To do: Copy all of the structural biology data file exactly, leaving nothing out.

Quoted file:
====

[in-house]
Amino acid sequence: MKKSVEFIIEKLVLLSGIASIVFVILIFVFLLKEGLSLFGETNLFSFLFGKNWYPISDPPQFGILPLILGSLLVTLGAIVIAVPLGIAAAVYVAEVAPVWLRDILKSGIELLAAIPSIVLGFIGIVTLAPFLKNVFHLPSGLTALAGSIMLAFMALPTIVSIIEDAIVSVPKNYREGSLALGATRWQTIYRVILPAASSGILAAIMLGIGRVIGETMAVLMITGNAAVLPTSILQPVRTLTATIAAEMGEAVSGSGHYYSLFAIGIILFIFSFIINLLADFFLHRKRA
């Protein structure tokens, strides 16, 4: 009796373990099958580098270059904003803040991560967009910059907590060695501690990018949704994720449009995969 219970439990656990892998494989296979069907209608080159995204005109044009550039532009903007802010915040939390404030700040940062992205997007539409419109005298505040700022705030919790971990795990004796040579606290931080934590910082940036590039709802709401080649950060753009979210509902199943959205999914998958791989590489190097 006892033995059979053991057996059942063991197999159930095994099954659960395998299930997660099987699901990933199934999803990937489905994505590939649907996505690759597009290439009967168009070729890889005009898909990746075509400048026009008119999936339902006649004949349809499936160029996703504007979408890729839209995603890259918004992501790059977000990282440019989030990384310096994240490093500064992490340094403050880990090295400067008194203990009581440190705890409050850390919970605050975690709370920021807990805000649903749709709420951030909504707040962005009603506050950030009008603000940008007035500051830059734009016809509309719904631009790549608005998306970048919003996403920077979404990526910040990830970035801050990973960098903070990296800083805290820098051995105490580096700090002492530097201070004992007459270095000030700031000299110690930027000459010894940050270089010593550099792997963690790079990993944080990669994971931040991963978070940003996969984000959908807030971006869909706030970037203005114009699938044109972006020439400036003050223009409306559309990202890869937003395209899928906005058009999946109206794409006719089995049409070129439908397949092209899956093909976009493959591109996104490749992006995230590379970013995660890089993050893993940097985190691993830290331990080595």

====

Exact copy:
[in-house]
Amino acid sequence: MKKSVEFIIEKLVLLSGIASIVFVILIFVFLLKEGLSLFGETNLFSFLFGKNWYPISDPPQFGILPLILGSLLVTLGAIVIAVPLGIAAAVYVAEVAPVWLRDILKSGIELLAAIPSIVLGFIGIVTLAPFLKNVFHLPSGLTALAGSIMLAFMALPTIVSIIEDAIVSVPKNYREGSLALGATRWQTIYRVILPAASSGILAAIMLGIGRVIGETMAVLMITGNAAVLPTSILQPVRTLTATIAAEMGEAVSGSGHYYSLFAIGIILFIFSFIINLLADFFLHRKRA
């Protein structure tokens, strides 16, 4: 009796373990099958580098270059904003803040991560967009910059907590060695501690990018949704994720449009995969 219970439990656990892998494989296979069907209608080159995204005109044009550039532009903007802010915040939390404030700040940062992205997007539409419109005298505040700022705030919790971990795990004796040579606290931080934590910082940036590039709802709401080649950060753009979210509902199943959205999914998958791989590489190097 006892033995059979053991057996059942063991197999159930095994099954659960395998299930997660099987699901990933199934999803990937489905994505590939649907996505690759597009290439009967168009070729890889005009898909990746075509400048026009008119999936339902006649004949349809499936160029996703504007979408890729839209995603890259918004992501790059977000990282440019989030990384310096994240490093500064992490340094403050880990090295400067008194203990009581440190705890409050850390919970605050975690709370920021807990805000649903749709709420951030909504707040962005009603506050950030009008603000940008007035500051830059734009016809509309719904631009790549608005998306970048919003996403920077979404990526910040990830970035801050990973960098903070990296800083805290820098051995105490580096700090002492530097201070004992007459270095000030700031000299110690930027000459010894940050270089010593550099792997963690790079990993944080990669994971931040991963978070940003996969984000959908807030971006869909706030970037203005114009699938044109972006020439400036003050223009409306559309990202890869937003395209899928906005058009999946109206794409006719089995049409070129439908397949092209899956093909976009493959591109996104490749992006995230590379970013995660890089993050893993940097985190691993830290331990080595």